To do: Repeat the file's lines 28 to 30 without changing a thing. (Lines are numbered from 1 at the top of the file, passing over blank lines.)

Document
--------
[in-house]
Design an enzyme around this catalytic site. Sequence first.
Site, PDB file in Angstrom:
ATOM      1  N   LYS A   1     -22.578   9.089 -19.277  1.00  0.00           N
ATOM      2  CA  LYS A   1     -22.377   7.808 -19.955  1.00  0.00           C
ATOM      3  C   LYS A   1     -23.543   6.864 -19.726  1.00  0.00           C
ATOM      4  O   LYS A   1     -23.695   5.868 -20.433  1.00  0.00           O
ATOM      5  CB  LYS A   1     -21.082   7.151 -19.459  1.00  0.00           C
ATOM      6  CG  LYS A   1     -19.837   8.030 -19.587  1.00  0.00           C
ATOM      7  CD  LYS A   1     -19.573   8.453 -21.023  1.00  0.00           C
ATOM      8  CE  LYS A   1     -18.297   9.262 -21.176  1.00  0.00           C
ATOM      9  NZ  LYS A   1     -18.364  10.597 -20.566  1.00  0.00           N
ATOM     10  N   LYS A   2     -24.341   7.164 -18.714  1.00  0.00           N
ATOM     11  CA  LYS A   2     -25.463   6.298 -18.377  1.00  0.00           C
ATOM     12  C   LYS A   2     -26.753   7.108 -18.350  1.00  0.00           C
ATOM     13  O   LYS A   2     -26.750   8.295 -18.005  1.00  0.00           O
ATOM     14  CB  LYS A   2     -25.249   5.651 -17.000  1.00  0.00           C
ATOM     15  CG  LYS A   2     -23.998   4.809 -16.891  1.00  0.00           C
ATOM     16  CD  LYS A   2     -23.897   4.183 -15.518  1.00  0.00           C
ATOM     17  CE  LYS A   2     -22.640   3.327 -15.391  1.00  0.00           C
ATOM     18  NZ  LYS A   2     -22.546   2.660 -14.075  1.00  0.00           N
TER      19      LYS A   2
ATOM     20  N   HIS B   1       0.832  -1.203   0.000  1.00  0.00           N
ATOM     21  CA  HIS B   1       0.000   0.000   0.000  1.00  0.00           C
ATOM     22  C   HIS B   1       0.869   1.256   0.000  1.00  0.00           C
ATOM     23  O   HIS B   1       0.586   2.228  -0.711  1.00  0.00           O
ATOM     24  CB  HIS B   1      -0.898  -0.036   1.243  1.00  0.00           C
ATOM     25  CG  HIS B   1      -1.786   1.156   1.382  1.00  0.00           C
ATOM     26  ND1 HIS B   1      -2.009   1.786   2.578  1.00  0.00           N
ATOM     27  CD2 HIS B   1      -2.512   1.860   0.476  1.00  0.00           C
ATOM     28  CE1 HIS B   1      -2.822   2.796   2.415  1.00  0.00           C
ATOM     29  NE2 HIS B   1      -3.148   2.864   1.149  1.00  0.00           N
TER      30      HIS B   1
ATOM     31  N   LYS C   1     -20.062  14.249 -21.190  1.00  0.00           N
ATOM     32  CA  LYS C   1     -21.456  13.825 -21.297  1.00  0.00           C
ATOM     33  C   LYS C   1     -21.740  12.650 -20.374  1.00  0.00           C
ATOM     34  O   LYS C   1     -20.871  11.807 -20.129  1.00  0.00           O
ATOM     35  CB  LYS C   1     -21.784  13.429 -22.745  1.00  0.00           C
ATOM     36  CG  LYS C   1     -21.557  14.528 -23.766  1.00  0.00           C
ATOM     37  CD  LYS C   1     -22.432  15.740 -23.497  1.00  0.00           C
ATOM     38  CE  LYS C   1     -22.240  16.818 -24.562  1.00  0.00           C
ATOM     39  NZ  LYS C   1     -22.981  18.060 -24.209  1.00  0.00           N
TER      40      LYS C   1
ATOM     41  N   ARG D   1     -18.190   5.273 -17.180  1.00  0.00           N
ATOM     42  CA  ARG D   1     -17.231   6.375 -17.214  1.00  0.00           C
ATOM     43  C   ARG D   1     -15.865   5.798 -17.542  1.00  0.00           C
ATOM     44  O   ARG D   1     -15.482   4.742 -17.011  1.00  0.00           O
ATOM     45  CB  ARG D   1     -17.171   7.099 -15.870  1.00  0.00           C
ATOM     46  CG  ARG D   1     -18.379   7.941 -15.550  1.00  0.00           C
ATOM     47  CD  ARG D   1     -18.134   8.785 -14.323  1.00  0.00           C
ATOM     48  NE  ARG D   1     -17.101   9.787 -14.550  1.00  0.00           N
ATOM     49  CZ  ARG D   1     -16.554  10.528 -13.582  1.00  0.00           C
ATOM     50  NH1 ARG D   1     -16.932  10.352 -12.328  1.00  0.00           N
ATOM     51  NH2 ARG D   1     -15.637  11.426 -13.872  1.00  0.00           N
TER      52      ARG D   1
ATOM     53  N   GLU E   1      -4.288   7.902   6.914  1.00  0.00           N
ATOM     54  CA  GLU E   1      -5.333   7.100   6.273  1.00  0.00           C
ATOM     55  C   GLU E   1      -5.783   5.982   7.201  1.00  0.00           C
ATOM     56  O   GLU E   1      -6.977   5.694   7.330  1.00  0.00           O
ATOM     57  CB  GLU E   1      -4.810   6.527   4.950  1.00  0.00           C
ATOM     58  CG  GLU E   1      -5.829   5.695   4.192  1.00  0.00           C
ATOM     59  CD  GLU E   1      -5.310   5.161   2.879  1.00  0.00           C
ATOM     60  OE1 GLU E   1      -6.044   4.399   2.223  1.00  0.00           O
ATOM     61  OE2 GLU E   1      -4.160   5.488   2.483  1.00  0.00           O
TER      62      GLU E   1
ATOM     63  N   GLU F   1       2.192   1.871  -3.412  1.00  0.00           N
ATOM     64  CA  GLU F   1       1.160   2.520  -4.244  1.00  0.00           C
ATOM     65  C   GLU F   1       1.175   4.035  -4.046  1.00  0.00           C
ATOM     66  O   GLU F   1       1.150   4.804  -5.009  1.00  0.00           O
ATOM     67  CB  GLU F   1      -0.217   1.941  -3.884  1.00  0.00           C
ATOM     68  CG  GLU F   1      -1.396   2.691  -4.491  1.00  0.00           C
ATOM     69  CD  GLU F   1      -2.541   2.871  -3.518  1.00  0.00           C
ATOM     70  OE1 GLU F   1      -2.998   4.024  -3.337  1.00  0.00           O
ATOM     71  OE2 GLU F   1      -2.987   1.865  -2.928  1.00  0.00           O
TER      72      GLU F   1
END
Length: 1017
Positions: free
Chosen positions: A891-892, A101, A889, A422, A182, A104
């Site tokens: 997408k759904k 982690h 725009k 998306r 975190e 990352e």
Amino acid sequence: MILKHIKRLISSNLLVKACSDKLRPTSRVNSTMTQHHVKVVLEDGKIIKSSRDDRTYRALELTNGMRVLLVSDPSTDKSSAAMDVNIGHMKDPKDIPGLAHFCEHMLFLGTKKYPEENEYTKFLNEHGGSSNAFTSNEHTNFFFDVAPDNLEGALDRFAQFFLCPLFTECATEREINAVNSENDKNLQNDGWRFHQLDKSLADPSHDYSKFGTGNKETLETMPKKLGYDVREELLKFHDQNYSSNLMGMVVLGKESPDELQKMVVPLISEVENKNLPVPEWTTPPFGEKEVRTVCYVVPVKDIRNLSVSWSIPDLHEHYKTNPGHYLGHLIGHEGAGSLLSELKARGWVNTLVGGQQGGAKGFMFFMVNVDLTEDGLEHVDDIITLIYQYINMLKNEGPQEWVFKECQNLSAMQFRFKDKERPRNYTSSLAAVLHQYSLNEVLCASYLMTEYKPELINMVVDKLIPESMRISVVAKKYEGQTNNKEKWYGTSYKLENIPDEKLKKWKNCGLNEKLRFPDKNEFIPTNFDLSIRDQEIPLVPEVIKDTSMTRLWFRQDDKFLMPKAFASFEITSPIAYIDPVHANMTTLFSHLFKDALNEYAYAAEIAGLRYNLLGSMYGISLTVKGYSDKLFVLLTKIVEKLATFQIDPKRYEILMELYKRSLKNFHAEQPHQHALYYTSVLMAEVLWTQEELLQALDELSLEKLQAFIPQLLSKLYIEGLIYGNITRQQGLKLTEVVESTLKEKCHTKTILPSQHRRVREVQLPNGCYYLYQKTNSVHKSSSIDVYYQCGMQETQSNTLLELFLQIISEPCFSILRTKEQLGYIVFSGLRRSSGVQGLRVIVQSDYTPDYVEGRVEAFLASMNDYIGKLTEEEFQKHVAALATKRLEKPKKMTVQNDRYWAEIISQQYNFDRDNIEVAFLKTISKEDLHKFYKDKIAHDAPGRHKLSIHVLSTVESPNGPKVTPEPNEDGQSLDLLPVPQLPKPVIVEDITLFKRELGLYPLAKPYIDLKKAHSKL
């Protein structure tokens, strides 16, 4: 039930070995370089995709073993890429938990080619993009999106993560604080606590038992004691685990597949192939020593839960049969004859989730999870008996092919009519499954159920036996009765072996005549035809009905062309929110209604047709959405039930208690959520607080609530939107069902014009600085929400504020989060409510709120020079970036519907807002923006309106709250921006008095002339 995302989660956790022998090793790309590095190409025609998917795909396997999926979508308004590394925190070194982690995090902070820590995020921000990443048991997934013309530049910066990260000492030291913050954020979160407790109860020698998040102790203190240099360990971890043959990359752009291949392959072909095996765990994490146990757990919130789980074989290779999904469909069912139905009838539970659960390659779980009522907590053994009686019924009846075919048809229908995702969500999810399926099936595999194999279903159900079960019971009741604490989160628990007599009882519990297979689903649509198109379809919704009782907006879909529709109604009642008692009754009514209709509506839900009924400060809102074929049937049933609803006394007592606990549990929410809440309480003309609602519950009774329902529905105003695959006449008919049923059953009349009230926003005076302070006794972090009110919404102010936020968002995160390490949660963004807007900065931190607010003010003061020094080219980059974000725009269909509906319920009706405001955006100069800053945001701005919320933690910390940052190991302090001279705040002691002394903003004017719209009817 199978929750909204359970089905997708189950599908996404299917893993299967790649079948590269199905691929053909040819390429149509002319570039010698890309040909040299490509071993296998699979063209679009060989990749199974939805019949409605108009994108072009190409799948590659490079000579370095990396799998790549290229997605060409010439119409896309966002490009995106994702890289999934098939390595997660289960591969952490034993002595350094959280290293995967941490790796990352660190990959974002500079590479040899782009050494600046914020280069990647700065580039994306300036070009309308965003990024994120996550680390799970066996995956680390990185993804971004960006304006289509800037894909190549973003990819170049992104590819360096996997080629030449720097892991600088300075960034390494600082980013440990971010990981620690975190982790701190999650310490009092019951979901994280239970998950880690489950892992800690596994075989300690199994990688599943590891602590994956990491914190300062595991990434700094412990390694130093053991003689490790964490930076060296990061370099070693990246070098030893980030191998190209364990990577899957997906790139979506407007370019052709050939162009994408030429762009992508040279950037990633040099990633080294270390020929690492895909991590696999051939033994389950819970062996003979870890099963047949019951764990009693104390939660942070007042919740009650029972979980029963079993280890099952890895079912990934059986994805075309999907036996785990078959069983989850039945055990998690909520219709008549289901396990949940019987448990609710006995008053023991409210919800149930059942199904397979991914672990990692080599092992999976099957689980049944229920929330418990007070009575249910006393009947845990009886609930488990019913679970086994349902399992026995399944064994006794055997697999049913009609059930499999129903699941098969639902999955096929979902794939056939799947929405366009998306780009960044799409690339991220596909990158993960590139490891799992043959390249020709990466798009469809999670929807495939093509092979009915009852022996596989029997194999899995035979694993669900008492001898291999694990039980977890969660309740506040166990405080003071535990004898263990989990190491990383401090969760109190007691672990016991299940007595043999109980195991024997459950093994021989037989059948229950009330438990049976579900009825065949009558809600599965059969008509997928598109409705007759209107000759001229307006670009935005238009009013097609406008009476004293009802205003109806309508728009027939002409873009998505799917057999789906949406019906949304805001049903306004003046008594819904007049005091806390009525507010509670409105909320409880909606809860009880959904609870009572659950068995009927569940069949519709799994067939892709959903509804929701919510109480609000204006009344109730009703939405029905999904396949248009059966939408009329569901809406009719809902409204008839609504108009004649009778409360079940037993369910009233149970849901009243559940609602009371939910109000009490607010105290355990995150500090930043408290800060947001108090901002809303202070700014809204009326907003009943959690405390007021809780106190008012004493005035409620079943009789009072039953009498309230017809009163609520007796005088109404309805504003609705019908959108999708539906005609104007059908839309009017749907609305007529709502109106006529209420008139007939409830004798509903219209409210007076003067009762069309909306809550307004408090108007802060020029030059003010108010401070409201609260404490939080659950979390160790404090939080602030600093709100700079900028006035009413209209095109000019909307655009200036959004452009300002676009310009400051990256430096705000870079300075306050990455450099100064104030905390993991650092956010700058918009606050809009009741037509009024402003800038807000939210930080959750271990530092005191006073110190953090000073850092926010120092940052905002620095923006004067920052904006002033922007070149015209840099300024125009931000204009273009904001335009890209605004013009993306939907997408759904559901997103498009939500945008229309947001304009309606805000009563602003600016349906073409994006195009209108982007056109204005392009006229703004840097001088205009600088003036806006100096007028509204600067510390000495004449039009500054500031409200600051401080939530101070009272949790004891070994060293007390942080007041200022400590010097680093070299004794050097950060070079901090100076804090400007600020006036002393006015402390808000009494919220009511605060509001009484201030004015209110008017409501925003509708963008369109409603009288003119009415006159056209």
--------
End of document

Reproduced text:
ATOM     25  CG  HIS B   1      -1.786   1.156   1.382  1.00  0.00           C
ATOM     26  ND1 HIS B   1      -2.009   1.786   2.578  1.00  0.00           N
ATOM     27  CD2 HIS B   1      -2.512   1.860   0.476  1.00  0.00           C